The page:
We all know that when the human body becomes infected with a new virus, the immune system is rapidly activated in order to build a response to the intruding pathogen. In the case of the Influenza viruses, a sort of "inborn" protective mechanism is generated by the immune system that helps to fight the virus. Very recently, a new component of this mechanism, a protein called "Mx" (which stands for Myxovirus resistance), has been added to the definition of this immune response.
As we have seen with new strains influenza viruses in the past, such as with the H5N1 bird flu virus or the swine flu virus, these types of viruses have the property of "jumping" from humans to animals at a surprising pace, making it very difficult to control their spread. Although as humans we do not possess any sort of pre-exisiting immunity to these viruses, our immune system is able to rapidly generate a defense mechanism to prevent influenza viruses to replicate and proliferate uncontrollably in the body.
The protein Mx has been described as playing a crucial role in this process, through maintaining the spread of the viruses under control. The exact mechanism through which this protein accomplishes this task was previously unknown, but has recently been described by virologists from the Institute of Medical Microbiology at the Freiburg University Medical Center and biochemists from the Max Delbrück Center for Molecular Medicine (MDC) in Berlin-Buch, Germany. These researchers have, through building a molecular and atomic-level model of the protein, discovered that Mx is a molecular machine that develops its power when all the individual molecules have joined each other to form a ring-like network. A central element of the formation of these ring structures is the special part of Mx known as the stalk, which functions similarly to a "clamp", restricting and deactivating the components of the influenza virus in the infected cell. How are these Mx proteins activated in the first place? Their production has been linked to signals received from interferons, which as we know, are proteins released by cells upon infection with a pathogen. Thus under normal conditions, the protective Mx protein is not found in our healthy, virus-lacking cells.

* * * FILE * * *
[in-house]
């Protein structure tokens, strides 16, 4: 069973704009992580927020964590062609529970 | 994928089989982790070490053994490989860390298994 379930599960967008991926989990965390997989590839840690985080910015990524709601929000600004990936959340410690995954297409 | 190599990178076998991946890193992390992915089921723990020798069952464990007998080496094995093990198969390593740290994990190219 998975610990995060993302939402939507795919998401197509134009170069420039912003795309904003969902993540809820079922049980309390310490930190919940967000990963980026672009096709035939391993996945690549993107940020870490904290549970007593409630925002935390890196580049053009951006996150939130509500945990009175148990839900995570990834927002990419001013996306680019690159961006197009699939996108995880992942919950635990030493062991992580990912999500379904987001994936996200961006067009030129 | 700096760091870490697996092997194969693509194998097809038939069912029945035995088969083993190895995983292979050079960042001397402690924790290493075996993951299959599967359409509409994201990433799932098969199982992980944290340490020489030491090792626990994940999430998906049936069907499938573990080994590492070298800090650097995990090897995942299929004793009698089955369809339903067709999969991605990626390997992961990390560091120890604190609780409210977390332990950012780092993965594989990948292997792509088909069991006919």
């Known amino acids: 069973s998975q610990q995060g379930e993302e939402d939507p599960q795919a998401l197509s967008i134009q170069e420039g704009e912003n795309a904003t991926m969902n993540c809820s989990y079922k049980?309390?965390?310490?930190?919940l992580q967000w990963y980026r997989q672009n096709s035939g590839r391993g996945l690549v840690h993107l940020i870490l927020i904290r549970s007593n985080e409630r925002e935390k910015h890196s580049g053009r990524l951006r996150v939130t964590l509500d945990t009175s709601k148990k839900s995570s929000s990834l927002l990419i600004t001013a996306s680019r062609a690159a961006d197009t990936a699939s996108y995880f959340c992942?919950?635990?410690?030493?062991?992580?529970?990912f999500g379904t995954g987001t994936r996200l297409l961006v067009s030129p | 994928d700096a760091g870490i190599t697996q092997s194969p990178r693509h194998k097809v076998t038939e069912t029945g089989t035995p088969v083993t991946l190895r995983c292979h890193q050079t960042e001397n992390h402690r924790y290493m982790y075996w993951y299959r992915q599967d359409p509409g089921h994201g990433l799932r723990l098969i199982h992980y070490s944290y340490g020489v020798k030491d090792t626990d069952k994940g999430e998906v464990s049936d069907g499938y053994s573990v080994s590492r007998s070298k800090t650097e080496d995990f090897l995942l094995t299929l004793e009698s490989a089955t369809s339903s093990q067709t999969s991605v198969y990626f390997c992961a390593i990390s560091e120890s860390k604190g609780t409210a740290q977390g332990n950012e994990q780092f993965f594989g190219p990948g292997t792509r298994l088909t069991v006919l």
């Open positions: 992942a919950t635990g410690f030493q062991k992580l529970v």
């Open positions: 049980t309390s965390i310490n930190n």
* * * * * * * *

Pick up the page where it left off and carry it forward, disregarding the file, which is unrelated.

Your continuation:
These new findings about the Mx protein could revolutionize the treatment against influenza viruses, and researchers truly believe that they will form the basis for the formation of new antiviral drugs and for the understanding of other members of this family of proteins.
Read more here! http://www.sciencedaily.com/releases/2010/04/100428085843.htm
- Julie Saffarian